Guidance for university web pages on the 3Rs in animal research
Our Regional Programme Managers, Kamar Ameen-Ali and Emma Stringer, have recently been working with universities on their web pages about animal research.
In this blog, they share why these pages are important, and highlight new guidance from the NC3Rs.
Universities across the UK conduct world-leading research, the outputs of which are published in journals, showcased on their websites and reported about in the news. Some of this research will involve the use of animals, and over the years it has become clear that due to the contentious nature of the issue, institutions have struggled in exactly how to communicate this to the public. The key? To be open about it.
The importance of providing information regarding the use of animals in research is reflected in opinion polls such as the Ipsos-MORI poll on public attitudes to animal research. The latest results showed that over two-thirds of the public can accept the use of animals for medical purposes, so long as there is no alternative and no unnecessary suffering to the animals. It therefore follows that demonstrating how the 3Rs are being applied to animal research should be high on their agenda.
The Concordat on Openness on Animal Research aimed to get the research community to be clear about when, how and why they use animals in research, and to enhance communications with the public on the issue. One way they have strived to do this is to require signatories to keep their web pages on animal research up-to-date and ensure they’re informative.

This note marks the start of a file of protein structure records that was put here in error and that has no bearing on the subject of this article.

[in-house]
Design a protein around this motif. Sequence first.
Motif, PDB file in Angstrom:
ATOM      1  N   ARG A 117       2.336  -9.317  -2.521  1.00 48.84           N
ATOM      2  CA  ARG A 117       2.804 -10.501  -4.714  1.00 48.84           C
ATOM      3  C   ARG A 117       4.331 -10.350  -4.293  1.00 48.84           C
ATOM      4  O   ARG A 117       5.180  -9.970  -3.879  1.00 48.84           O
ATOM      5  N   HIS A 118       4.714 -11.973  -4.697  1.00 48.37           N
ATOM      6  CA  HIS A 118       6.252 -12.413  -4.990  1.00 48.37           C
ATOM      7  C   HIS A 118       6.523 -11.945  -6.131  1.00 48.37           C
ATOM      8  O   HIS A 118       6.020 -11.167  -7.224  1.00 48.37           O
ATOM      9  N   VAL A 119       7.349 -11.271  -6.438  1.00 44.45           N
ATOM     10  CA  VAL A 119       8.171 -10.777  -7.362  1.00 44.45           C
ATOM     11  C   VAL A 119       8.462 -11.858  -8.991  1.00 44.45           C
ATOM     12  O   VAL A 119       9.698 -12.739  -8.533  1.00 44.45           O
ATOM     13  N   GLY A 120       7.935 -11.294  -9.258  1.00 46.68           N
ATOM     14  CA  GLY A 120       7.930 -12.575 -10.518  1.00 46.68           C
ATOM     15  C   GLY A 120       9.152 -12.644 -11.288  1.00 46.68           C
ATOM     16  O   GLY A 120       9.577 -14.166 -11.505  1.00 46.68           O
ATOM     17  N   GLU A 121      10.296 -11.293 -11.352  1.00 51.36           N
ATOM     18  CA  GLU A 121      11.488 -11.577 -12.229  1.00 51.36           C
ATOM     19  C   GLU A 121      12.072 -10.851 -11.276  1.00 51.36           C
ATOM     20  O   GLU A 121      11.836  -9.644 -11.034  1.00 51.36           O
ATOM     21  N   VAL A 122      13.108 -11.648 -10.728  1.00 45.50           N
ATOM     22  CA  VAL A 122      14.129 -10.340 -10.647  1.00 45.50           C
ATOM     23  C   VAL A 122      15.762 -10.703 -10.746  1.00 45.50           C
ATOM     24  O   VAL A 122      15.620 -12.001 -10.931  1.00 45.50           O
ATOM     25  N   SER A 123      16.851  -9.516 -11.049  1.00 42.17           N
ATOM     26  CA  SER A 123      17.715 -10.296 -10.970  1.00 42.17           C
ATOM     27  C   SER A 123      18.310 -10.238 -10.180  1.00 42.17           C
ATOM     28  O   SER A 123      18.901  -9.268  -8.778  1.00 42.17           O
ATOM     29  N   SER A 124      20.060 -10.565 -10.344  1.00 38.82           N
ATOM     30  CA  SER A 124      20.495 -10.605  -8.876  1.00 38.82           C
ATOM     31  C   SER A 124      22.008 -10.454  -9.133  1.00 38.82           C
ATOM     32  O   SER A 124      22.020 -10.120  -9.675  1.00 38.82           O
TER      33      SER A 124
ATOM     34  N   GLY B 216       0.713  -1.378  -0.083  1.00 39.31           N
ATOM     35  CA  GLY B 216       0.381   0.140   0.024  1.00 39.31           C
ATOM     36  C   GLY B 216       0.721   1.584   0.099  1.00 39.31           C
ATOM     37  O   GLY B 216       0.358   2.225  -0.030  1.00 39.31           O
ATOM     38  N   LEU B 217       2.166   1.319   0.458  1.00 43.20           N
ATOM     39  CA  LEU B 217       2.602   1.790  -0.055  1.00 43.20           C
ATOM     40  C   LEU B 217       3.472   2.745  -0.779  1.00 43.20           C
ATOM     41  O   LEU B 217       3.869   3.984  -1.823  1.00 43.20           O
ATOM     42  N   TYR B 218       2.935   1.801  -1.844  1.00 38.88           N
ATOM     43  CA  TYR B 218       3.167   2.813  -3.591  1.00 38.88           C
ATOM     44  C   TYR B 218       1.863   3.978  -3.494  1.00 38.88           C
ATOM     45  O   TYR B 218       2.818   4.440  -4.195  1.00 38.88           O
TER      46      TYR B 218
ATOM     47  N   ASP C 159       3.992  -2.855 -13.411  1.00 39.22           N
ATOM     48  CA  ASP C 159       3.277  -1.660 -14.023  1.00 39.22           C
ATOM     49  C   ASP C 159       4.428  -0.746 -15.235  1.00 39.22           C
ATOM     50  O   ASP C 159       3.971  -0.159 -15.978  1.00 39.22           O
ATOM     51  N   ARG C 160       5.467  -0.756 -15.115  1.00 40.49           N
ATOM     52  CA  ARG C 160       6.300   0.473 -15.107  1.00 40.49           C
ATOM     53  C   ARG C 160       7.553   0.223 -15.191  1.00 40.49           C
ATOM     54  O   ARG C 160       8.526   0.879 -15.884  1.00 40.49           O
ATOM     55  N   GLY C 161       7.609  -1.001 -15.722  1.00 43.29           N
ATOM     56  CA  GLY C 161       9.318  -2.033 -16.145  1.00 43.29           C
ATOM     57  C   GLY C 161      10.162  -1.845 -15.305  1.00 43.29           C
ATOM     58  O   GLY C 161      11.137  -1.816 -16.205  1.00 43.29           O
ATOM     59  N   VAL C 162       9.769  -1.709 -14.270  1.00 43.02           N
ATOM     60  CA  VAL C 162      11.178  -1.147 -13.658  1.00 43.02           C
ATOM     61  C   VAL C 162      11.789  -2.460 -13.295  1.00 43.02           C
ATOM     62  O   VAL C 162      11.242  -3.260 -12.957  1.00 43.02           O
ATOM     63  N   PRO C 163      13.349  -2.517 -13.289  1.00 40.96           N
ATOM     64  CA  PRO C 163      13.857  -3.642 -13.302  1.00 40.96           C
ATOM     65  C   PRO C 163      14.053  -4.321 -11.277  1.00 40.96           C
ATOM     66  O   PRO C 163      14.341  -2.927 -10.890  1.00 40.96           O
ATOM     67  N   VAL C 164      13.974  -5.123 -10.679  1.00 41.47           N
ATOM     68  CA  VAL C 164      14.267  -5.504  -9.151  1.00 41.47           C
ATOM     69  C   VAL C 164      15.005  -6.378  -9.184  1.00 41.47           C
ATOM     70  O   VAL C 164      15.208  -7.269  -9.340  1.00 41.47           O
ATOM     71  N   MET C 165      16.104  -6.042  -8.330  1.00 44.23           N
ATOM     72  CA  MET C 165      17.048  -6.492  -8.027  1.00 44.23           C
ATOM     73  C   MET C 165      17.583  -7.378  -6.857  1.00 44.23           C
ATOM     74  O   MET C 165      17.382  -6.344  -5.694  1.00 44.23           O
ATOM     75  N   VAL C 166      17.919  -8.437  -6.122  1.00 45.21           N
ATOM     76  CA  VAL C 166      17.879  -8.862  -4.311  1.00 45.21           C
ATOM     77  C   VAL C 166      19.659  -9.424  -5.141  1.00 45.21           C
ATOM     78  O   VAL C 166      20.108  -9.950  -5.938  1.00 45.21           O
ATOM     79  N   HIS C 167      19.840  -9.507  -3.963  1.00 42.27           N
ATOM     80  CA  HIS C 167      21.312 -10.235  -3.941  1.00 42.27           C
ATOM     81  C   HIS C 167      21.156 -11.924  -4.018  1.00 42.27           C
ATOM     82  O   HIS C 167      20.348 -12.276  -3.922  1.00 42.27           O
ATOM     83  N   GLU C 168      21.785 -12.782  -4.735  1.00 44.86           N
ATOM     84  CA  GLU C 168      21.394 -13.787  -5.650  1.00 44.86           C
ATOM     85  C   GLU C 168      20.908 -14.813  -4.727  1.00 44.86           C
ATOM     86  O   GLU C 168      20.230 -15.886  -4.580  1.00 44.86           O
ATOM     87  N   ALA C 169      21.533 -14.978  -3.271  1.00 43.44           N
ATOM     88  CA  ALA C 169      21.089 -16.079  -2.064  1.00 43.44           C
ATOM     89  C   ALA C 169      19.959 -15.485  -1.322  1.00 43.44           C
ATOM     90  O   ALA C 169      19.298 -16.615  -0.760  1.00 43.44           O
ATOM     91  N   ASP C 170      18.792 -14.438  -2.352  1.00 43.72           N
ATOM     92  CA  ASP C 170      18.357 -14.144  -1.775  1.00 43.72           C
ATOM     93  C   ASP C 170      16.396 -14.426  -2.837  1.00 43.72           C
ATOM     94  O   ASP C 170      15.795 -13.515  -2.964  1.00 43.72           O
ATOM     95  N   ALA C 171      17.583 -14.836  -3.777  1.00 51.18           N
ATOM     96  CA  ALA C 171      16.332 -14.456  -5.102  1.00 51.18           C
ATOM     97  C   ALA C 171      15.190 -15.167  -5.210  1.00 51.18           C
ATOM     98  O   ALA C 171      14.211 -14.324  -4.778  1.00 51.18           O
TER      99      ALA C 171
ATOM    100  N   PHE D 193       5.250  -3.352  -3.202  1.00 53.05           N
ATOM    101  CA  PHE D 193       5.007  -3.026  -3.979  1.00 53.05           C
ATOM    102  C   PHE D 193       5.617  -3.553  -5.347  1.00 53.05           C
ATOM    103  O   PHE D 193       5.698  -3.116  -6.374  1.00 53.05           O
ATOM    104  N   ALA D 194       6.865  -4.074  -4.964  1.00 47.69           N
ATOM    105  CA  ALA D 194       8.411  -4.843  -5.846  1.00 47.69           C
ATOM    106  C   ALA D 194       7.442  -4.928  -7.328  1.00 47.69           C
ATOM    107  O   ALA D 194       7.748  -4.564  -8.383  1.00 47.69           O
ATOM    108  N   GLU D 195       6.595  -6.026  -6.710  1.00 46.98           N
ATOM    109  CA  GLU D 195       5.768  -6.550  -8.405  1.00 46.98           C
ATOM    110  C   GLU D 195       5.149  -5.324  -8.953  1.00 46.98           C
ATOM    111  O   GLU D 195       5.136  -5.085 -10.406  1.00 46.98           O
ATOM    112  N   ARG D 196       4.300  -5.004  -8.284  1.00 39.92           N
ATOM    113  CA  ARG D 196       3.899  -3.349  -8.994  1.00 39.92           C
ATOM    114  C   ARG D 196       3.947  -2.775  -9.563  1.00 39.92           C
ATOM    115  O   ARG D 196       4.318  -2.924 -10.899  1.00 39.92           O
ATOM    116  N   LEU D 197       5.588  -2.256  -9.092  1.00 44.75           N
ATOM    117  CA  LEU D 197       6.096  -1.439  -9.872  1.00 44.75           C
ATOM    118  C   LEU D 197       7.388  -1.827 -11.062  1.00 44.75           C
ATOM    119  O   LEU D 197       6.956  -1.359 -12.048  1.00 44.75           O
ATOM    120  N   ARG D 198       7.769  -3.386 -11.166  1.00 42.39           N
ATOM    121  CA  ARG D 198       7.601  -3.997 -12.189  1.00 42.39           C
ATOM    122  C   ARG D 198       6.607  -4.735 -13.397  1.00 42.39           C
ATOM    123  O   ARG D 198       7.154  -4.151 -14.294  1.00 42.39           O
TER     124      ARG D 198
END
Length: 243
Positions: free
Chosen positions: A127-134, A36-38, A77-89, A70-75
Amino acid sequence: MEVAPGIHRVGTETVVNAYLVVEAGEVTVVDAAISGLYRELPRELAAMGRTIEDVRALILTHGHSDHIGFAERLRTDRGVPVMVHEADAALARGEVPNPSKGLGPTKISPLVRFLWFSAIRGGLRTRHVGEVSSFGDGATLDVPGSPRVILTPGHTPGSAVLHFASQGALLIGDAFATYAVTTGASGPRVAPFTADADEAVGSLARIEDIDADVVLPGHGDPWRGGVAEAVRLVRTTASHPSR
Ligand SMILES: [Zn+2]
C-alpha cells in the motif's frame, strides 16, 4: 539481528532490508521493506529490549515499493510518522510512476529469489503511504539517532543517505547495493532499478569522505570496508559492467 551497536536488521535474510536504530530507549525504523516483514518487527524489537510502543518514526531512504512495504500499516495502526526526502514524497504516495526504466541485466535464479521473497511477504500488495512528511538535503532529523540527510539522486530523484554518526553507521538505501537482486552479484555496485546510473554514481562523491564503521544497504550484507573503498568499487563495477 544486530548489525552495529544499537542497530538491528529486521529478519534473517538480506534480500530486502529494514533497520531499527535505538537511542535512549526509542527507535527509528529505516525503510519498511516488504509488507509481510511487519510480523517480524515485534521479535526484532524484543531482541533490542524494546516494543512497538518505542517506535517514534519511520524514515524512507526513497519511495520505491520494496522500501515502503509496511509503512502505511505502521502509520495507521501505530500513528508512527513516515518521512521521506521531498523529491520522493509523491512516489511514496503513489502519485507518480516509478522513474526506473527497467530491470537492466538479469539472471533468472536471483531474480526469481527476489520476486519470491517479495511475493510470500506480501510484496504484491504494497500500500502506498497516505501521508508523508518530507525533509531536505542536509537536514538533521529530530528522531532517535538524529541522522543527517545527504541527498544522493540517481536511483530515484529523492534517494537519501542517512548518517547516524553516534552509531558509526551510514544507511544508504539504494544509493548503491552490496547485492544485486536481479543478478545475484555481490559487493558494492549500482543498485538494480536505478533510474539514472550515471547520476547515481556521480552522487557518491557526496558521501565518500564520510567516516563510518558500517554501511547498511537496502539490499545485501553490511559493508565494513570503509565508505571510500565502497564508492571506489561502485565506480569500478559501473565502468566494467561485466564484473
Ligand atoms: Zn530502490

However, producing pages for a website that provide a balanced viewpoint on the use of animals in research is not an easy task. There is, understandably, a caution surrounding the preparation of content and how best to provide a clear message. This has led to a great deal of variation between establishments in the quantity and quality of information provided, and how accessible this information is to the public. Some establishments offer scarce information beyond their animal research policy and details of the legislation they work under. Others demonstrate responsibility and accountability for animal research at the establishment, using case studies to illustrate how the research is advancing science and/or medicine, how the 3Rs are being applied, and evidencing standards that exceed the minimum set by legislation.
The Ipsos-MORI polls show that approximately 55% of the public is interested in finding out about work to improve the welfare animals used in scientific research, and to find alternatives to their use. Institutions should take this opportunity to demonstrate how the 3Rs are being put into practice and the benefits this brings to animal welfare and science.
To help establishments provide useful and informative animal research web pages, we have prepared a guidance document which provides structured advice on the recommended content, especially in relation to the 3Rs, and considerations for designing, updating, and maintaining such pages. The guidance is not intended to be used as a checklist, nor to harmonise content between establishments, but rather to act as a framework for establishments to create pages that are personalised to local policies and practices on the 3Rs.
Our experience is that universities are open to new ideas for their web pages, and have a genuine desire to better communicate the importance and impact of the research they do using animals and their activity on the 3Rs. We hope the new NC3Rs guidance will help in this regard.
Kamar’s post is co-funded by the Universities of Liverpool, Manchester and Sheffield, and Emma’s by the Universities of Birmingham, Leicester and Nottingham.